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Almost one-third of UK organisations lack the data quality enforcement processes required for the EU’s General Data Protection Regulation (GDPR), according to research from Royal Mail Data Services.
The use and management of customer data, the company’s fourth annual survey of UK businesses’ data practices, has revealed that nearly three out of 10 organisations are concerned about not being compliant with the GDPR – a 242% increase from the 2016 survey.
And more than half said they were unsure whether their third-party data sources would comply with the permissioning guidelines of the new regulation.
The survey was carried out online in May and July 2017 among 281 customers of Royal Mail and members of the DataIQ networking community.
Jim Conning, managing director of Royal Mail Data Services, said that, as a consequence, organisations will probably turn less to third parties and instead focus on making better use of data that they already have in house.
“We are seeing far more focus on keeping existing customers, in contrast with previous years,” he said. “Last year, keeping existing customers had dropped to 11% from 33% in 2014, but it has now climbed back up to 16.4%. That suggests to me that people are finally looking at their customer base and asking ‘how can we better engage?’ This might be driven by third-party being harder to find because it is explicitly opted in. There will be a more limited pool of third-party data.”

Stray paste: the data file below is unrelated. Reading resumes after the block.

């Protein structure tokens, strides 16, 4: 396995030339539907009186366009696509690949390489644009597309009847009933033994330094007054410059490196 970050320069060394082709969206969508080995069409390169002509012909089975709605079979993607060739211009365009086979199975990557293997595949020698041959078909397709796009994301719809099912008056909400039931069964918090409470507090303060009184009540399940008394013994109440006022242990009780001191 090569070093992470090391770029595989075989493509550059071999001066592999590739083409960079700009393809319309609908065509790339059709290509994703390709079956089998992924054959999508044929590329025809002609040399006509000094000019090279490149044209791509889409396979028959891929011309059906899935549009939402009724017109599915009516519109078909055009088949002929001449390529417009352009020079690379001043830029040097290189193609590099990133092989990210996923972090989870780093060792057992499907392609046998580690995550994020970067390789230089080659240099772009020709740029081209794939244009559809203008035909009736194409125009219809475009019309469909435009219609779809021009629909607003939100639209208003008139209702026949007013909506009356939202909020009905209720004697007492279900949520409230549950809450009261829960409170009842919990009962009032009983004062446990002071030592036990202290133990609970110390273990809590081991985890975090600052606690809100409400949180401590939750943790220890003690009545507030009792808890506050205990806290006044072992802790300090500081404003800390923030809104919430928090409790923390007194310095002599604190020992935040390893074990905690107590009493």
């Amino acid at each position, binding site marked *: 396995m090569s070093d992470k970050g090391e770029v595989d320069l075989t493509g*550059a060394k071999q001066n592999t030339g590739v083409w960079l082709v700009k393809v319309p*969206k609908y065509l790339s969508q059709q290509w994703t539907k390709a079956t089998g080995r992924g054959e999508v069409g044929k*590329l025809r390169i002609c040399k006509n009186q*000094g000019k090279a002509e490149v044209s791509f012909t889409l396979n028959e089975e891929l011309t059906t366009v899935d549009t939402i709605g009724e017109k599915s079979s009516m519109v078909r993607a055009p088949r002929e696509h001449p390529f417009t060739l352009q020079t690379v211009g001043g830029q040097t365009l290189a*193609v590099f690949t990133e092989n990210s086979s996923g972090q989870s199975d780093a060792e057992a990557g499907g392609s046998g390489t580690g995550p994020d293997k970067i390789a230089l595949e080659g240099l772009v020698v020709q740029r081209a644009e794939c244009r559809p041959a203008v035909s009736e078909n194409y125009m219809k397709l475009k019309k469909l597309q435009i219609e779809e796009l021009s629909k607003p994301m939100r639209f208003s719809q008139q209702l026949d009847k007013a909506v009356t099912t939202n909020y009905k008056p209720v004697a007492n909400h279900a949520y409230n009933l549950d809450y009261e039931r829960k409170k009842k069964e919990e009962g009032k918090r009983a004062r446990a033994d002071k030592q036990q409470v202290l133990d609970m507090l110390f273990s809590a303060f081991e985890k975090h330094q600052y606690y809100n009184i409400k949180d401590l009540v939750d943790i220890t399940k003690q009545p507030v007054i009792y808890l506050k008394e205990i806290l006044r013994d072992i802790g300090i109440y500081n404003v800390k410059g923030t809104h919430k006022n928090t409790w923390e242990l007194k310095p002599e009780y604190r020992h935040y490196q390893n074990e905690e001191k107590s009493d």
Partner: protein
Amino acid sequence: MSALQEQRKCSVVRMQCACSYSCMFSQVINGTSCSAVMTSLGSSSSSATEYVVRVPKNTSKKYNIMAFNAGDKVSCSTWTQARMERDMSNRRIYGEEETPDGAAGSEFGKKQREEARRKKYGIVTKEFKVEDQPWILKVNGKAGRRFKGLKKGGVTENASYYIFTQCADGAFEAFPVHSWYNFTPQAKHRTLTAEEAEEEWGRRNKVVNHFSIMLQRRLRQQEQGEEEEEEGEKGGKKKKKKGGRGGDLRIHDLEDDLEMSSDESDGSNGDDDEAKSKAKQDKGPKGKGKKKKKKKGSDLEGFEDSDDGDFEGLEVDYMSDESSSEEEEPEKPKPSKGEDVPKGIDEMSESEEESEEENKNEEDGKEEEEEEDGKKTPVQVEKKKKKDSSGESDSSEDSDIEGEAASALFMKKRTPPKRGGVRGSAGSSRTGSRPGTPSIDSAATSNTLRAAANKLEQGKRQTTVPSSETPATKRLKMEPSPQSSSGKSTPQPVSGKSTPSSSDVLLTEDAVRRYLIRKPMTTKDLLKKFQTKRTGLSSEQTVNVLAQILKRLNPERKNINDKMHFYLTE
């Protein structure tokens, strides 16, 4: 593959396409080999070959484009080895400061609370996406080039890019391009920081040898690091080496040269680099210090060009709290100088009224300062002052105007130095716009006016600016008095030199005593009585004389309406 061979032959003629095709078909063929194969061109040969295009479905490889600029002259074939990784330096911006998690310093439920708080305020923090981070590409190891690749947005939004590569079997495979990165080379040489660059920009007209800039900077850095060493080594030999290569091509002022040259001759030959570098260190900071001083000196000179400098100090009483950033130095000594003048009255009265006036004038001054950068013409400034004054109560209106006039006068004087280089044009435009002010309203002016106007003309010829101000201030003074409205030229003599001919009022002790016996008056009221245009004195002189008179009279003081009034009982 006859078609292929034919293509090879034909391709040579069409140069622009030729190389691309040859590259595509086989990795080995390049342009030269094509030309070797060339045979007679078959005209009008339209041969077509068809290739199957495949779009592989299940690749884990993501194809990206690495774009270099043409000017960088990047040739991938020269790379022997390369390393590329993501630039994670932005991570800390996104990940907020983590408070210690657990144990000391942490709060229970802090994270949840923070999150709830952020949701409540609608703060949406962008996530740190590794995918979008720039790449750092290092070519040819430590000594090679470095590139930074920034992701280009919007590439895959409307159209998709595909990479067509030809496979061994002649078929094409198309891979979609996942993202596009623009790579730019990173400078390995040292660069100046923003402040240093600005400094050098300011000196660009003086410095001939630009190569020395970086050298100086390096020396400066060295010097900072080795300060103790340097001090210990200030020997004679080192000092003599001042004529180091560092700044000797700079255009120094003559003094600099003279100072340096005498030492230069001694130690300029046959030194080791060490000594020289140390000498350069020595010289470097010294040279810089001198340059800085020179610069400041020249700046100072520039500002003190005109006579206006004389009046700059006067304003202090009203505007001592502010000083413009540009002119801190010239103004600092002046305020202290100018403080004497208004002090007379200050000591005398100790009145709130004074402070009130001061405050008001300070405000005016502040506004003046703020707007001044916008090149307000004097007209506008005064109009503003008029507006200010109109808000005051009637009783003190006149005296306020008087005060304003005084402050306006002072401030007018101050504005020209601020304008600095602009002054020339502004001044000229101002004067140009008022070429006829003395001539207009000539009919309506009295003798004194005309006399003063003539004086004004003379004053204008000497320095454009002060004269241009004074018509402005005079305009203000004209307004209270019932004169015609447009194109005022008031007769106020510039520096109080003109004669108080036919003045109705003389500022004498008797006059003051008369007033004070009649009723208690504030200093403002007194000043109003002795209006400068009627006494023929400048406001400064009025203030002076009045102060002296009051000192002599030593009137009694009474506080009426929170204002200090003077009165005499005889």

One in five respondents to the survey said poor-quality data (22.9%) is holding them back, or that their organisational cultures do not value the importance of maintaining good-quality data (20.6%).
Read more about data quality and the GDPR
- Read this essential guide to the GDPR.
- If you approach GDPR as if compliance is all that matters, then you’re bound to fail – data protection should be at the heart of business strategy.
- Information Commissioner’s Office has warned against misinformation about the EU’s new data protection rules and how they will be applied.
Conning added: “The problem of poor-quality customer data has blighted business for many years, and as the GDPR deadline approaches, those companies that lack effective data management processes will not only continue to suffer an unnecessary hit to the bottom line, but also potentially risk non-compliance with tightened data regulations.
“It still comes as a surprise that a large proportion of organisations today have no formal processes or solutions in place to either cleanse or enhance customer data on a continuous basis. Yet data quality is of paramount importance to support customer acquisition and retention activities. Rather than regard the enforcement of the GDPR as an unwanted regulatory headache, companies should view it as a spur to action to improve and enhance data quality in order to provide a truly customer-focused marketing experience.”
Conning told Computer Weekly: “People are more and more aware about data. Telling customers how we used their data to make their lives better, less frustrating – most consumers are fine with that, if it’s appropriate, if it is a value exchange.
“We have, as organisations, treated [customer] data as if it is ours, but we are the holders of the data for the individual. I always say: treat it as if it were your mother’s. You are dealing with people, not a bunch of numbers. That is a culture thing, not a legislative thing.”